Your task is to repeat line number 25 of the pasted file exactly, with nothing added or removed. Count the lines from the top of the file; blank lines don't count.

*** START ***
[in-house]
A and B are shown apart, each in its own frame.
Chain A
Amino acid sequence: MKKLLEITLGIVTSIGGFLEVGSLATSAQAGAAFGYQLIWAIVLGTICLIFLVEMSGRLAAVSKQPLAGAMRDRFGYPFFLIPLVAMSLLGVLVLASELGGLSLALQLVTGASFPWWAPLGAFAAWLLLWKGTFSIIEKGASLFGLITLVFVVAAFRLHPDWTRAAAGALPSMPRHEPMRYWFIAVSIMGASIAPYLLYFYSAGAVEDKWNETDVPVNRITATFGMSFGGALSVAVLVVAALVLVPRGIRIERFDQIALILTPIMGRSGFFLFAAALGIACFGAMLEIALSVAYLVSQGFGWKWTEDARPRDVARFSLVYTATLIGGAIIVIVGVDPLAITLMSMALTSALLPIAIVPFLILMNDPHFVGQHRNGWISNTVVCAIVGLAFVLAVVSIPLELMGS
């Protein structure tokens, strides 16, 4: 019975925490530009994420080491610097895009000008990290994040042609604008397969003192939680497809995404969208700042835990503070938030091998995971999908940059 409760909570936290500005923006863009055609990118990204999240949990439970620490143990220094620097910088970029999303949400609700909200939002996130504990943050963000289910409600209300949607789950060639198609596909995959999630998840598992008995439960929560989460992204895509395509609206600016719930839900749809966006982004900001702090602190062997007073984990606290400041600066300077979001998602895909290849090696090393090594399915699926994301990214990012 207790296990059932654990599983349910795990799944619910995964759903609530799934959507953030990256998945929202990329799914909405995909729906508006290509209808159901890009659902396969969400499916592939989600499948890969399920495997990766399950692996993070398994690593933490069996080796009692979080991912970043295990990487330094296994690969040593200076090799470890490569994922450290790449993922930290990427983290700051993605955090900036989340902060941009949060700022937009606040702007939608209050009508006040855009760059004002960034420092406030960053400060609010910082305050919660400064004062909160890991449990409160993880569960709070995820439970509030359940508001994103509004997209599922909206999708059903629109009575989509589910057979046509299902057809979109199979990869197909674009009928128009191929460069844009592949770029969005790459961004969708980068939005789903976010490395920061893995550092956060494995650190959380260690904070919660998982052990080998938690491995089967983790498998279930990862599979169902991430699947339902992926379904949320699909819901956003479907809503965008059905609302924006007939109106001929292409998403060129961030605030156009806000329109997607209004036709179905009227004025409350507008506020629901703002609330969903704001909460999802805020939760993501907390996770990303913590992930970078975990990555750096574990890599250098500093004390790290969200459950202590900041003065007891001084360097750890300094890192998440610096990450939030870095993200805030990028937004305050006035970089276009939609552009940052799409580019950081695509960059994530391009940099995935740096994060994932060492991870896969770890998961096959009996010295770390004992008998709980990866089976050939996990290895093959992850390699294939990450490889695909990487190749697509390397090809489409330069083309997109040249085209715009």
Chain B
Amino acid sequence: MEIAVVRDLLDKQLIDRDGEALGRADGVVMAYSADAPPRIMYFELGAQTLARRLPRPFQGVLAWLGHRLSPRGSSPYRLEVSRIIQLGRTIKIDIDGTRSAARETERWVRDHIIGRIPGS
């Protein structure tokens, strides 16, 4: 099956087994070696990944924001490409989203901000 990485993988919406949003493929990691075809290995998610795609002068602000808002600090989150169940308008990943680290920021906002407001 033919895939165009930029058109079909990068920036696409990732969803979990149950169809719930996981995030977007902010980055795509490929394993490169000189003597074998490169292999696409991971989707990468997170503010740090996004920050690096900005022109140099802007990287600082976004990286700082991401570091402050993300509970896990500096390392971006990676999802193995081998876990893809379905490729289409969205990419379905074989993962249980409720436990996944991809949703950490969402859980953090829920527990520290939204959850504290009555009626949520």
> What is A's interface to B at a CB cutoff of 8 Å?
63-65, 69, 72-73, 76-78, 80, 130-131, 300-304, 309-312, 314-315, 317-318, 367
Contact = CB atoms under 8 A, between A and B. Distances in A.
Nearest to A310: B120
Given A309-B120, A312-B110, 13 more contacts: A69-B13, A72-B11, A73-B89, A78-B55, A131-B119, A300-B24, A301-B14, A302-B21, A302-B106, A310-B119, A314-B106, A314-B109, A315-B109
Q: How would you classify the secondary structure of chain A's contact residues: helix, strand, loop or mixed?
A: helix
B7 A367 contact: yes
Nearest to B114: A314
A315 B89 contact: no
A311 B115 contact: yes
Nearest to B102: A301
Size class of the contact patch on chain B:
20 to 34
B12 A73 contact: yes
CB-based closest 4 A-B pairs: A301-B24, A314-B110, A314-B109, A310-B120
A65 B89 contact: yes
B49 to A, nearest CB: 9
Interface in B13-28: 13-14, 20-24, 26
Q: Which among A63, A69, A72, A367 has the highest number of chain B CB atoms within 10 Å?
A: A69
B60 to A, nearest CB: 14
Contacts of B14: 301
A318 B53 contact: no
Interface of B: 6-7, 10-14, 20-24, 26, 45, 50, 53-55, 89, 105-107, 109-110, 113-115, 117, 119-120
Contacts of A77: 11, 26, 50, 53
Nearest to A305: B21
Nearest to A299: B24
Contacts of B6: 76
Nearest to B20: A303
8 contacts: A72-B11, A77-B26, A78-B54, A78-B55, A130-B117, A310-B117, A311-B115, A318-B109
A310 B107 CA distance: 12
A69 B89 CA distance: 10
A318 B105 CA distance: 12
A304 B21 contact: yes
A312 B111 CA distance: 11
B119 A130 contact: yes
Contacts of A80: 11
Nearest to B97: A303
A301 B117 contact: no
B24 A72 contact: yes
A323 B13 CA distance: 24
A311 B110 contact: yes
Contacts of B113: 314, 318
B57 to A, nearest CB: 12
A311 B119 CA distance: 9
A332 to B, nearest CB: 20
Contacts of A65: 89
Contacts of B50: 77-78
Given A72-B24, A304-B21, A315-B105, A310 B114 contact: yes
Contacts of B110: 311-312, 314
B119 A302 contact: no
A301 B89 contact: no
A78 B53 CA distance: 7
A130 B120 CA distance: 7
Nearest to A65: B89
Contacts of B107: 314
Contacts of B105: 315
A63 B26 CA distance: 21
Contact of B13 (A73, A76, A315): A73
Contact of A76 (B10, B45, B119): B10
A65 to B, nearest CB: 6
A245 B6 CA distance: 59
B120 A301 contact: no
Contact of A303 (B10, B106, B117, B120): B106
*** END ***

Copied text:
A65 B89 contact: yes